Source: Cyware | By Sophia Brown
• The ransomware appears to have been developed by India-linked cybercriminals.
• RansomWarrior is written in .NET and is not obfuscated packed or protected in any way, suggesting that its creators may be novice malware developers.
A new strain of ransomware called the RansomWarrior was recently discovered by security researchers. Although it has been just weeks since the ransomware first appeared, security experts have already figured out how to decrypt and retrieve the files encrypted by Ransom Warrior.
The ransomware was first spotted by security researchers at Malwarebytes in early August. The ransomware has been targeting Windows users and is being delivered via an executable named “A Big Present.exe”.
According to security researchers at Check Point, who analyzed the ransomware, it appears to have been developed by India-liked cybercriminals. RansomWarrior is written in .NET and is not obfuscated packed or protected in any way, suggesting that its creators may be novice malware developers.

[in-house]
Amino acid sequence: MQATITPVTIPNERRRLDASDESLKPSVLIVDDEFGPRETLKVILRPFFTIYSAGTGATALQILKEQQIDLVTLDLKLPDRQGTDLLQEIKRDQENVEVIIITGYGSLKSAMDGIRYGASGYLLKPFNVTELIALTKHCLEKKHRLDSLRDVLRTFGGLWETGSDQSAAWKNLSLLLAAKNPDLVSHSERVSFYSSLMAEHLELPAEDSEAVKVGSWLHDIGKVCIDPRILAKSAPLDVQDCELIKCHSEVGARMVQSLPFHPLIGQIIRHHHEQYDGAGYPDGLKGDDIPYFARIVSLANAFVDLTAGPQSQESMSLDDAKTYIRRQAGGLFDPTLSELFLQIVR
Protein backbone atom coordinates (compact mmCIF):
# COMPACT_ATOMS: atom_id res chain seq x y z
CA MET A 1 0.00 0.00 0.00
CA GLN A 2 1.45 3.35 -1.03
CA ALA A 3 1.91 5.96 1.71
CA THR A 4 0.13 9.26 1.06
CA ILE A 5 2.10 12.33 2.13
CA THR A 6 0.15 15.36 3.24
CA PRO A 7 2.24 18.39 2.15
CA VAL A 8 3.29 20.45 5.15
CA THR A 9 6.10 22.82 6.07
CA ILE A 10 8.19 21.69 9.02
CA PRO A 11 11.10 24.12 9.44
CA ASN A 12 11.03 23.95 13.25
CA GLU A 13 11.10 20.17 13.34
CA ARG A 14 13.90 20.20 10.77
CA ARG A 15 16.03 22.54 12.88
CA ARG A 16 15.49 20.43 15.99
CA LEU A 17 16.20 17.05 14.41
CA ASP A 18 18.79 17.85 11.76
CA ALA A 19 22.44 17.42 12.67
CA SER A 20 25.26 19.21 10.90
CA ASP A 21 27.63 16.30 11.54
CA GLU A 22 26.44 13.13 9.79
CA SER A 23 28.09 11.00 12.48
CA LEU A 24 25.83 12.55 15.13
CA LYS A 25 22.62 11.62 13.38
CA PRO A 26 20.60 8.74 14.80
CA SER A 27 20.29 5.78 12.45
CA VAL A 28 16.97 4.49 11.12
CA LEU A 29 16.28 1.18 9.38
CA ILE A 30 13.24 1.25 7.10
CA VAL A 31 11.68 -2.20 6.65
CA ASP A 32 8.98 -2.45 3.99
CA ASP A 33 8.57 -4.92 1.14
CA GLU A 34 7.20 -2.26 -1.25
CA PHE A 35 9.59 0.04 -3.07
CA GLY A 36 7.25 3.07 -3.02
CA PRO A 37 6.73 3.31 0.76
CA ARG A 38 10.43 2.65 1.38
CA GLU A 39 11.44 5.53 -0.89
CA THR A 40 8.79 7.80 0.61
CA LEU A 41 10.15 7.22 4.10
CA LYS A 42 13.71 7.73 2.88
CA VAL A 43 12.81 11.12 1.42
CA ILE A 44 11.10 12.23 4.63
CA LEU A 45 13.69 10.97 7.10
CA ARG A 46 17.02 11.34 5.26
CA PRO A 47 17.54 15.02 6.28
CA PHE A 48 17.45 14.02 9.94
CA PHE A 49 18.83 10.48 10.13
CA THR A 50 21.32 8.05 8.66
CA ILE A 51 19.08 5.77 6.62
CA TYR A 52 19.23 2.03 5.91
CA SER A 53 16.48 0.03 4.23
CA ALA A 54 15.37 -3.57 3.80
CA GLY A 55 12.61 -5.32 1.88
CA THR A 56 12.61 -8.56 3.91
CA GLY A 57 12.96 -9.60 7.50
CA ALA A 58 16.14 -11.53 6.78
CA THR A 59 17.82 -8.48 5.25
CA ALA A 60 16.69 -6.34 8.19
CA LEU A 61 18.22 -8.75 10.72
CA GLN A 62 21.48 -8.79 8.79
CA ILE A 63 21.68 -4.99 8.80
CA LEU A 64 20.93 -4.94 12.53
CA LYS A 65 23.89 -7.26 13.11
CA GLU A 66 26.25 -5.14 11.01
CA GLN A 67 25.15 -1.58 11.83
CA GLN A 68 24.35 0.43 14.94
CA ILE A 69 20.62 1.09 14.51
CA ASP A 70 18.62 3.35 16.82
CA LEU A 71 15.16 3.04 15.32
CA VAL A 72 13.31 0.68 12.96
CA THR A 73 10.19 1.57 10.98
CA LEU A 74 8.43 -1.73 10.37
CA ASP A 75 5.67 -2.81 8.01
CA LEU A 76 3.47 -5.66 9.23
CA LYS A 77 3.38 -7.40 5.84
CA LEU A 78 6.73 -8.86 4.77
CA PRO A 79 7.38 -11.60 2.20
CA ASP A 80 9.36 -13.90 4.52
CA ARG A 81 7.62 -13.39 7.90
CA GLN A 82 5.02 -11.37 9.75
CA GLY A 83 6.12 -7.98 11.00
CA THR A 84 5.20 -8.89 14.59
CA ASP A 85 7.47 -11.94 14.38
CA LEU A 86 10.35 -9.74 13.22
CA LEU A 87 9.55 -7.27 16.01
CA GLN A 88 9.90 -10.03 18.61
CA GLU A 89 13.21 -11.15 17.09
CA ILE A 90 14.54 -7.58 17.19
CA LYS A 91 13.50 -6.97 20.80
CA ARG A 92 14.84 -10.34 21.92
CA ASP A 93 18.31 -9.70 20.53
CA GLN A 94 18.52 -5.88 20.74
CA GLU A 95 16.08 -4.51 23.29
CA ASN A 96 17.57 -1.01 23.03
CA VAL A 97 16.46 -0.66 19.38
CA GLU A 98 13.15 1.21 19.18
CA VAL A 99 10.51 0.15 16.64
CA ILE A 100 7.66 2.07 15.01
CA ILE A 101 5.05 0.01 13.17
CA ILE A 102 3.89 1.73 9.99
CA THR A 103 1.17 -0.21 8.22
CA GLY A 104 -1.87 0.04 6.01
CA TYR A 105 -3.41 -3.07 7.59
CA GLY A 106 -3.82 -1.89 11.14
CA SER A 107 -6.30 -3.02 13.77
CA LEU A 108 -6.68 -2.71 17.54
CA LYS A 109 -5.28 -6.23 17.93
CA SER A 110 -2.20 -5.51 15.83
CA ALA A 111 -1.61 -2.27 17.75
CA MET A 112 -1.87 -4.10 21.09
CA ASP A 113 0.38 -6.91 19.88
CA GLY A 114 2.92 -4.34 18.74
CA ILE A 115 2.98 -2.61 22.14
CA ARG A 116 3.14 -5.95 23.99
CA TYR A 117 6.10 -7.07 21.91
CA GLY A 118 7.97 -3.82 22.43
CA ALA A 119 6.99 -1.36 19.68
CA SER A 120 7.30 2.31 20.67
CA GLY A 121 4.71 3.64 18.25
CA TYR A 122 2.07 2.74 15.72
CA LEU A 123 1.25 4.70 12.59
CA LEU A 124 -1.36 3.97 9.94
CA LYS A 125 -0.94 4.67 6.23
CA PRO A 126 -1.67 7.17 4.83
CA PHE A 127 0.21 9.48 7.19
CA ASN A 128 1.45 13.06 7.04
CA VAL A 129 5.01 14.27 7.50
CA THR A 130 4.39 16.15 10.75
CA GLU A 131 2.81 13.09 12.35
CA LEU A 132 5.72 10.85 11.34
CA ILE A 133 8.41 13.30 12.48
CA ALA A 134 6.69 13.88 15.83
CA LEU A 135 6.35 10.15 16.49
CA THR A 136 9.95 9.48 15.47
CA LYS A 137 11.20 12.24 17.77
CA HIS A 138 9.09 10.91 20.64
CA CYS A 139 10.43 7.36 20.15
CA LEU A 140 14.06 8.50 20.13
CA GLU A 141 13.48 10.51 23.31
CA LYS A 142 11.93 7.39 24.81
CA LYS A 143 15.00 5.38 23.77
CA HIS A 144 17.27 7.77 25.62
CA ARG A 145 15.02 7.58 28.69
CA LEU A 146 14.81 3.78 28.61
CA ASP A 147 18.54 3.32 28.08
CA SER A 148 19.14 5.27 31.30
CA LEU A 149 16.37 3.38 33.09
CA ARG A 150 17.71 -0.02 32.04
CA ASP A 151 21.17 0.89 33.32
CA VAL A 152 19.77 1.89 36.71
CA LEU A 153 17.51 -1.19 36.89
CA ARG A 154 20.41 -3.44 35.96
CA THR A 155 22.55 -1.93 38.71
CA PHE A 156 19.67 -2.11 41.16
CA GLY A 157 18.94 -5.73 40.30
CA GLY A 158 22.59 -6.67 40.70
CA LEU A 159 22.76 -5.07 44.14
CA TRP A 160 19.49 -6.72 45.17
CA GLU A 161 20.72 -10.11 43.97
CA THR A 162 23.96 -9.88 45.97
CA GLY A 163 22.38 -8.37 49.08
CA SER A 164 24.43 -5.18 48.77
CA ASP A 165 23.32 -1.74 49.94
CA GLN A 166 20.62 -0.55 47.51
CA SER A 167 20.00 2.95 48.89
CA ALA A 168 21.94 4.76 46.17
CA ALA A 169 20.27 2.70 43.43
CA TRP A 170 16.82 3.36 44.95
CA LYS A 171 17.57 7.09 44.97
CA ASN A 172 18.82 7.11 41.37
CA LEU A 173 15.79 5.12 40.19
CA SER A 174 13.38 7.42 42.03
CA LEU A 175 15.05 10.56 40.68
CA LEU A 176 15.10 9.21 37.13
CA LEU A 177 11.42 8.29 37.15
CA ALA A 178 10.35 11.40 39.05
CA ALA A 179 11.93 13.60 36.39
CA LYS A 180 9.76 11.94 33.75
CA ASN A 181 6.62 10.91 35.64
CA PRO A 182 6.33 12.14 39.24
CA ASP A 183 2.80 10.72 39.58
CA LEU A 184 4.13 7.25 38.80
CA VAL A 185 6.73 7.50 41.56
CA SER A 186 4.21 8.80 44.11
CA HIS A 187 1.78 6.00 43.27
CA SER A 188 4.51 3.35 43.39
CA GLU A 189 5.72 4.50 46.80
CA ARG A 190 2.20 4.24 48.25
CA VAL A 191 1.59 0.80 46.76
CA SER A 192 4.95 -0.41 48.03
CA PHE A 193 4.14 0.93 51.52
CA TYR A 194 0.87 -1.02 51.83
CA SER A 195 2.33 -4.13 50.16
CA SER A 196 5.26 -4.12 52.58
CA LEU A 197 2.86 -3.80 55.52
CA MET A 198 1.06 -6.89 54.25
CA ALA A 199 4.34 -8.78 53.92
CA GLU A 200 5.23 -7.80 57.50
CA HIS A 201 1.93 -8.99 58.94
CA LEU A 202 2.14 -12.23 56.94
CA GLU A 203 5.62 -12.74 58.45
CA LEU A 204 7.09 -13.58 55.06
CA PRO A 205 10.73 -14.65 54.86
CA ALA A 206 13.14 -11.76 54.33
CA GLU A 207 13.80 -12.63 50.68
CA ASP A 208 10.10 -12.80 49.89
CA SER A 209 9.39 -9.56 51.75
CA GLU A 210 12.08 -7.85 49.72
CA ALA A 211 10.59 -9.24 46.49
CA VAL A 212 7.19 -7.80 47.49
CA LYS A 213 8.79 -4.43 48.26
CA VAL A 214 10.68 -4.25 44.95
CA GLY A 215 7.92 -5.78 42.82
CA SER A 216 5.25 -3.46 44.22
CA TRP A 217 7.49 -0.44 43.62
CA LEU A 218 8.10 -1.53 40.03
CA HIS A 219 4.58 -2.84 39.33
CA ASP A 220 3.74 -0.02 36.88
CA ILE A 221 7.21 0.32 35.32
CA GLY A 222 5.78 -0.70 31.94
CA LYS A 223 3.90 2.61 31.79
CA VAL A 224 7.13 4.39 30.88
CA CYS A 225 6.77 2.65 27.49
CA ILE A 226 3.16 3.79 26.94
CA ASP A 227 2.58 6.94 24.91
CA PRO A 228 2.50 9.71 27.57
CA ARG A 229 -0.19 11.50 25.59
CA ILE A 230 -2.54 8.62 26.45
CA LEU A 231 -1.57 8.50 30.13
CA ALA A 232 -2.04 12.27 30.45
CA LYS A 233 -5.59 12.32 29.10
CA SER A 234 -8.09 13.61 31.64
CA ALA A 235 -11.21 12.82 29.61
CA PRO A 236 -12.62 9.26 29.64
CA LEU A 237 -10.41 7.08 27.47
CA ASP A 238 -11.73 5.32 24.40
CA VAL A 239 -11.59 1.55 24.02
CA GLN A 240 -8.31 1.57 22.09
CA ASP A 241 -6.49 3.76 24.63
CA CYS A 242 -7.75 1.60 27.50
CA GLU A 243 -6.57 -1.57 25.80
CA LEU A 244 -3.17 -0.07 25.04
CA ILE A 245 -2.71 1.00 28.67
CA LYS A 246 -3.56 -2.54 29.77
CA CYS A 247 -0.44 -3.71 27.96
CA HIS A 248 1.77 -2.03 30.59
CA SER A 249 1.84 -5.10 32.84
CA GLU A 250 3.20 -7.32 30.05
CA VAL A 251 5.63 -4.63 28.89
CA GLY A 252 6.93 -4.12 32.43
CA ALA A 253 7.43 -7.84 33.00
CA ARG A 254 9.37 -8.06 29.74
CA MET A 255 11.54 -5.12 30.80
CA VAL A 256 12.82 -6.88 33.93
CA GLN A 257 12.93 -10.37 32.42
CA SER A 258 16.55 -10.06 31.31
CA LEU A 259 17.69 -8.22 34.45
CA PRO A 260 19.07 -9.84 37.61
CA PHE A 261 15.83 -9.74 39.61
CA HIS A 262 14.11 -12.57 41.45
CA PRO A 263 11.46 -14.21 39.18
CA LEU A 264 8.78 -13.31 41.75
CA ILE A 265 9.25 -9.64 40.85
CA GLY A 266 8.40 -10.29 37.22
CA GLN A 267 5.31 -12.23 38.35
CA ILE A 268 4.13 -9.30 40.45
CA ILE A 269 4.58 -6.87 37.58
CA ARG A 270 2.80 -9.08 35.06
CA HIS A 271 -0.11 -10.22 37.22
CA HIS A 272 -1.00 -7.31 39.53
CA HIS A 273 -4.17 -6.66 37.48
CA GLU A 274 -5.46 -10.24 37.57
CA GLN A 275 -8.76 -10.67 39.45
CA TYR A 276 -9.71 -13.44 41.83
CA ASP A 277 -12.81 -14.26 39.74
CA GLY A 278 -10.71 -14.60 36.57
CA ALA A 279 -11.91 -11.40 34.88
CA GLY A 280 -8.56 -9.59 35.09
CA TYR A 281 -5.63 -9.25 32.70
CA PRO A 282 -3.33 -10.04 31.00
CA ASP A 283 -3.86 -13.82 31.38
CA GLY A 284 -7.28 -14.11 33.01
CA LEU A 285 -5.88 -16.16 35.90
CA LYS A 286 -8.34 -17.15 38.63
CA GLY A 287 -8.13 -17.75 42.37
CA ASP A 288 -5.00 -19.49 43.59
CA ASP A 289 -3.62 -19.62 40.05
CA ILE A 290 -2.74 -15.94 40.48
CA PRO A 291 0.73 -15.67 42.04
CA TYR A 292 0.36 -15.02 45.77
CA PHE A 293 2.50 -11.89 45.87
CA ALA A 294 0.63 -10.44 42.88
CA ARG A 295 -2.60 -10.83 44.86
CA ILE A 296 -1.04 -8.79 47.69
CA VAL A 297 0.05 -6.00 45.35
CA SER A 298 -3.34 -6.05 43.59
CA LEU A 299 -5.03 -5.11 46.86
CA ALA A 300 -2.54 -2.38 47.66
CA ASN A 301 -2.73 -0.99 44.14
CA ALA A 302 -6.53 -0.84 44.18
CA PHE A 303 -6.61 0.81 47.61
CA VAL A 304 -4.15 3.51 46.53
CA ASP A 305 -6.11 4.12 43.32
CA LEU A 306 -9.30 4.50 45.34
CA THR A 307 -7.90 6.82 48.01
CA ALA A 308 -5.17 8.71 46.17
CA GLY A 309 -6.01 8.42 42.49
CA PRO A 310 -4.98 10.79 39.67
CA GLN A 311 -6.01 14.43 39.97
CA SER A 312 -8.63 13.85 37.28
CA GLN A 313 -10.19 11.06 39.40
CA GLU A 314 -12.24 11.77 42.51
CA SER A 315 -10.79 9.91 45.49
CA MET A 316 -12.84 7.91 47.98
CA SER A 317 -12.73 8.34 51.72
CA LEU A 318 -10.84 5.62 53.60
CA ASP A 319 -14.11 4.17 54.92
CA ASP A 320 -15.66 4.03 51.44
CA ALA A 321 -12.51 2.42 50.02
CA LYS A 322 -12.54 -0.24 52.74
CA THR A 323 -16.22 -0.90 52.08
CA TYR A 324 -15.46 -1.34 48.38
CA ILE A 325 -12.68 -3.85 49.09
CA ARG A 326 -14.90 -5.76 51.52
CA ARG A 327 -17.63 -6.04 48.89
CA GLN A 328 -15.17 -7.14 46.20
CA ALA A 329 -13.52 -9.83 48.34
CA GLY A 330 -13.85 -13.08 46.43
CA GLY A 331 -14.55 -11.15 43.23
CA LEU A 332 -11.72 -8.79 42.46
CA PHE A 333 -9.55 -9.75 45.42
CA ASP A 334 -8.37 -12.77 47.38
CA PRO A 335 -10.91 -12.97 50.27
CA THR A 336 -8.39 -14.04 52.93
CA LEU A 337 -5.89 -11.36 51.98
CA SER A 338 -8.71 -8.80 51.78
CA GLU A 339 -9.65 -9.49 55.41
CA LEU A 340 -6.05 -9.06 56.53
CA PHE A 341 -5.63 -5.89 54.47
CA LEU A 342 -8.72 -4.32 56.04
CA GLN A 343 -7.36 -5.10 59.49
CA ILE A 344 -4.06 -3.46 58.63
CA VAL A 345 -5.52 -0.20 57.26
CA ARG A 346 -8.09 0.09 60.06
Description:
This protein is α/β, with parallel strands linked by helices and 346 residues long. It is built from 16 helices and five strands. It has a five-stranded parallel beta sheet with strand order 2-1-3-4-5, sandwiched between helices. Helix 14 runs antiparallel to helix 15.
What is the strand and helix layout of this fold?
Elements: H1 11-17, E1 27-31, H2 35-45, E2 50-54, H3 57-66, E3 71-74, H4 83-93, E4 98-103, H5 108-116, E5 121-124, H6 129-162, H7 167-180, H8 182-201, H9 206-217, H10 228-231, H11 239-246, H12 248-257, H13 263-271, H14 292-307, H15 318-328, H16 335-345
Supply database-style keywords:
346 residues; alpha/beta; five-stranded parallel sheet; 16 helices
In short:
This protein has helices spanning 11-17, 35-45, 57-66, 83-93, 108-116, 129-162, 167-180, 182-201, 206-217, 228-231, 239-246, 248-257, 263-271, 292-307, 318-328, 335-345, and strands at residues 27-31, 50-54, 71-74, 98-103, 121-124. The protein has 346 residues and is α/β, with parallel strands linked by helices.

“In fact, the “encryption” used by the Ransomware is a stream cipher using a key randomly chosen from a list of 1000 hard-coded keys in RansomWarrior’s binary code,” Check Point researchers wrote in a blog. “As a result, the Check Point Research team has been able to extract those keys, and, as the key’s index is saved locally on the victim’s computer, provide the correct keys to the Ransomware itself in order to unlock the files.”
Although cybercriminals are now increasingly switching to delivering cryptocurrency miners, given their stealth and the ability to rake in profits, however, ransomware remains a persistent threat. Cybercriminals continue to develop new variants of ransomware, launching them in attacks or selling and/or renting them out in dark web forums.
The fact that ransomware has remained a prominent threat in the face of newly emerging trends indicates that it is here to stay and won’t likely fade away with time.
* Lead image used for representational purposes only.